Christienna Fryar is a historian of modern Britain, the British Empire, and the modern Caribbean. At the heart of her work is the conviction that Britain and its history cannot be understood in isolation from the Caribbean. Her current research uses disaster studies to embed modern British history within the fields of comparative slavery and emancipation studies. Future work will examine Britain’s centuries-long imperial, postemancipation and postcolonial entanglements with the Caribbean through the cultural arenas of sports and language. She is convenor of the new MA in Black British History, and she is also a 2020 AHRC/BBC Radio 3 New Generation Thinker.
- PhD, Princeton University
- MA, Princeton University
- AB, Duke University
Teaching and Supervision
Fryar, Christienna. 2018. The Narrative of Ann Pratt: Life-Writing, Genre and Bureaucracy in a Postemancipation Scandal. History Workshop Journal, 85, pp. 265-279. ISSN 1363-3554
Fryar, Christienna. 2016. Imperfect Models: The Kingston Lunatic Asylum Scandal and the Problem of Postemancipation Imperialism. Journal of British Studies, 55(4), pp. 709-727. ISSN 0021-9371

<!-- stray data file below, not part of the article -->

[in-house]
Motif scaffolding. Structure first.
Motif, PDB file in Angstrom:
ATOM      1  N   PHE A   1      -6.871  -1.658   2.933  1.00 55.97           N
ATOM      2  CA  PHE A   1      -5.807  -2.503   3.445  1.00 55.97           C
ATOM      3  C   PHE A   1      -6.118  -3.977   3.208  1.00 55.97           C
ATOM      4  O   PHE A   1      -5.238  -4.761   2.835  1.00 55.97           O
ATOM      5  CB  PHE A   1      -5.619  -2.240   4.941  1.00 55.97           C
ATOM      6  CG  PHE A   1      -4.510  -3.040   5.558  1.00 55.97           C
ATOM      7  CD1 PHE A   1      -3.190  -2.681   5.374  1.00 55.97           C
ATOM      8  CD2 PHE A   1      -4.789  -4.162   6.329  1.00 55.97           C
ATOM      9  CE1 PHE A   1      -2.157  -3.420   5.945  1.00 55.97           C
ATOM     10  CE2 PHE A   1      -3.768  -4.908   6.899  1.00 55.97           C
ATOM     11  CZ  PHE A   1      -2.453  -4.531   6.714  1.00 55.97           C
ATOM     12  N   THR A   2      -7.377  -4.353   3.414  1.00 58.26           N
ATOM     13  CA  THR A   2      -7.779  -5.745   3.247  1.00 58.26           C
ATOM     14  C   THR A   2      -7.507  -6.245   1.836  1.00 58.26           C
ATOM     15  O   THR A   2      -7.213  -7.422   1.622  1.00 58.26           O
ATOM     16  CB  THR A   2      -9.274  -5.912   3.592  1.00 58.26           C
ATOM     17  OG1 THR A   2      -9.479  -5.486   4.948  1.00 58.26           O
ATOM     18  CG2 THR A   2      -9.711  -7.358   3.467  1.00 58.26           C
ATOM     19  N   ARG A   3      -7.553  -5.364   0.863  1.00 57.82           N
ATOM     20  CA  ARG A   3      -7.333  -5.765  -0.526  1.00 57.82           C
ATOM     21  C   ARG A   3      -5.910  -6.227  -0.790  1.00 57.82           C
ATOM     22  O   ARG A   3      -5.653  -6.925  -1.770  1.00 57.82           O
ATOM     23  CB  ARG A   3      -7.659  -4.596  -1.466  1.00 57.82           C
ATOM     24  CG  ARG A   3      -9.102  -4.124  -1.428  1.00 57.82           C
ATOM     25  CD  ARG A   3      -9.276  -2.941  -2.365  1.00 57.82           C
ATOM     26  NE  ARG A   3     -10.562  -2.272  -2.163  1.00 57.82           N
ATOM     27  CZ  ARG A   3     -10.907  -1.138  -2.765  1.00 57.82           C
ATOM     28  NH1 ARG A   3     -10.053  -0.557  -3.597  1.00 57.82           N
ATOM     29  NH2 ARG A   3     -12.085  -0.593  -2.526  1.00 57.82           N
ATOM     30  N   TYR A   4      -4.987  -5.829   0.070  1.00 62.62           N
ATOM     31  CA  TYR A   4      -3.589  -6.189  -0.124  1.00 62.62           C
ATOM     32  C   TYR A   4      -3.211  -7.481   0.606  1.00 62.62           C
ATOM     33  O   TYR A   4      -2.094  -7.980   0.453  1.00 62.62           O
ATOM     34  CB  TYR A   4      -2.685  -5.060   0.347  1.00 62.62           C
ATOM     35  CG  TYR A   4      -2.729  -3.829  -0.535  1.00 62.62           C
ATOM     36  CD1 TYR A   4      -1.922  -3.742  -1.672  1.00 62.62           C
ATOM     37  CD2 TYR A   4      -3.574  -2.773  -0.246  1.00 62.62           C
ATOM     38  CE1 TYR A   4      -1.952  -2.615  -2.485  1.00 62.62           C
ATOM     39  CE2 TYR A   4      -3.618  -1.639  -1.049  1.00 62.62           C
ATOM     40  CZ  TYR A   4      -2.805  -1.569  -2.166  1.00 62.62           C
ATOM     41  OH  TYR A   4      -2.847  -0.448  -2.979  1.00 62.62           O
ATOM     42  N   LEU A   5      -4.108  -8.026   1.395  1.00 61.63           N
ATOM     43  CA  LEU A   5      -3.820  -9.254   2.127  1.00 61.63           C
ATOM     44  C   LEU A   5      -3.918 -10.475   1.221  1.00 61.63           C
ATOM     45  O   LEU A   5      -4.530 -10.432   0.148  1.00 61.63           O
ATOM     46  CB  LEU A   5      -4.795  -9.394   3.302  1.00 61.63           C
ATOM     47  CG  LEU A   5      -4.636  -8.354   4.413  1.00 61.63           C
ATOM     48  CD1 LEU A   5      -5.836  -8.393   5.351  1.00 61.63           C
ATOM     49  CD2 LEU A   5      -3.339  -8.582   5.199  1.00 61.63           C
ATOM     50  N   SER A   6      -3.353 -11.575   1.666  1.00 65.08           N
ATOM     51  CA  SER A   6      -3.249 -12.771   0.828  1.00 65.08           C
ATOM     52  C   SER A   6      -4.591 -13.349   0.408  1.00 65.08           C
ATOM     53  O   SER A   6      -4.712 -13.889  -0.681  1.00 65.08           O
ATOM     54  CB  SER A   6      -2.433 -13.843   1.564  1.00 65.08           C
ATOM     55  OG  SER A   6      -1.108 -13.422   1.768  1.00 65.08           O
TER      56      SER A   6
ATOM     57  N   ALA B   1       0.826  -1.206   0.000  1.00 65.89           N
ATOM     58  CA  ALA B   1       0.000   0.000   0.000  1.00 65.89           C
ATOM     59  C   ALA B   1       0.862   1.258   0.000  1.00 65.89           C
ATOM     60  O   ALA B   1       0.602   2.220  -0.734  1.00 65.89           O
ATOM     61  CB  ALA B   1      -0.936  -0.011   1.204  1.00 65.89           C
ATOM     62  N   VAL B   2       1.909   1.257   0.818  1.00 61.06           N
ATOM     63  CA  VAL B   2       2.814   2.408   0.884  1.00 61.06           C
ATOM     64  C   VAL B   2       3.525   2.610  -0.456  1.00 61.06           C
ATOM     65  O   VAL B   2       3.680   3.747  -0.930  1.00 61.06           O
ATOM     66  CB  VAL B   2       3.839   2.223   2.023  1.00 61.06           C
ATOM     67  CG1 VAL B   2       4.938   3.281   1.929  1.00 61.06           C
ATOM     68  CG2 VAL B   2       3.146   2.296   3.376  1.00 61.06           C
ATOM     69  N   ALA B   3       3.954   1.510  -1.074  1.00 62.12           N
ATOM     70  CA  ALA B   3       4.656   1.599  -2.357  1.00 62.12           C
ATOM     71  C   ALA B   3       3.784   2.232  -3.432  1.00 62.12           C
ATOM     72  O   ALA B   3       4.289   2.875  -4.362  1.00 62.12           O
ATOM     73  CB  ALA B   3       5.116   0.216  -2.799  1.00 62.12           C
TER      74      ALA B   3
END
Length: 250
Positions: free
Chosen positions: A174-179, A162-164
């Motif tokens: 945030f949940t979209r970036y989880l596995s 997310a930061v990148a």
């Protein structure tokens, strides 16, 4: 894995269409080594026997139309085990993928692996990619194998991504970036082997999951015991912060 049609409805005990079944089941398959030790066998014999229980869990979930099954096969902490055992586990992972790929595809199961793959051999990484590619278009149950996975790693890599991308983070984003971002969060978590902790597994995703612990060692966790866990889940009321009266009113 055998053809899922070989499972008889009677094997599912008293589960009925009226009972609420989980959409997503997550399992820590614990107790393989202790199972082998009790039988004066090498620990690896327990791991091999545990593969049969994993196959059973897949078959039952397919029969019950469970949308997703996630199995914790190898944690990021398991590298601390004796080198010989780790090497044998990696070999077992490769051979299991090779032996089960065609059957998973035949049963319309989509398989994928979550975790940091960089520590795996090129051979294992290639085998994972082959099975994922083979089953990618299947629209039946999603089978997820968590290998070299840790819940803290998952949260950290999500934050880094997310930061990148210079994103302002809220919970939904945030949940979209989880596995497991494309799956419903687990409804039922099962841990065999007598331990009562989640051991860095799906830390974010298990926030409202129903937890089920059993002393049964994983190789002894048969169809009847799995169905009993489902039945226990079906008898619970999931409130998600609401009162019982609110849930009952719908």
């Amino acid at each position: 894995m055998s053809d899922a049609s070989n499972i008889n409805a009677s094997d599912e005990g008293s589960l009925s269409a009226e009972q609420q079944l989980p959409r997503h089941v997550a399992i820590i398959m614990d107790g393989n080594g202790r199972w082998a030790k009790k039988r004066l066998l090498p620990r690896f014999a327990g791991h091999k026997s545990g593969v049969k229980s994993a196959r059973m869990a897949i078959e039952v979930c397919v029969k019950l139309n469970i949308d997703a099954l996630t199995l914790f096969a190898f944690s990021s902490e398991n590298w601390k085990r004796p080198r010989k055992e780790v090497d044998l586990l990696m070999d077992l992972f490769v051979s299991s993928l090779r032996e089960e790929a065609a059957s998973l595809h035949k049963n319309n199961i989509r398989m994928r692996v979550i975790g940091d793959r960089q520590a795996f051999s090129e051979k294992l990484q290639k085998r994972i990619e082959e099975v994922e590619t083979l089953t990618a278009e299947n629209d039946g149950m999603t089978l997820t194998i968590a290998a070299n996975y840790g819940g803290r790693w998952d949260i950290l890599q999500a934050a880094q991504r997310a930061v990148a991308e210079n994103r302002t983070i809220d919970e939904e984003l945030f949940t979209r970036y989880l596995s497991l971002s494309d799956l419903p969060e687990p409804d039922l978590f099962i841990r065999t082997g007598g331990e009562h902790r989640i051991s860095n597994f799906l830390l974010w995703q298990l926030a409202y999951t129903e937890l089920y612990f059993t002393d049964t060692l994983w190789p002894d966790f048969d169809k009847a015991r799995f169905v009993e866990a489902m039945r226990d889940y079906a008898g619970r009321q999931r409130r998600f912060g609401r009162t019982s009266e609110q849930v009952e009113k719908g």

Further profile content
Christienna has worked in several different kinds of institutions in the United States and the United Kingdom, where she have taught modules encompassing British history from 1660 to the present; the history of the Caribbean from 1492 to the present; European history since 1500; European empires from 1500 to the present; Black British history from the Romans to the 1980s; research seminars/special subjects on urban history, disaster studies, and historiography; undergraduate and MA seminars on comparative slavery and emancipation across the Americas as well as the heritage of slavery; in addition to a range of team-taught modules at UK institutions.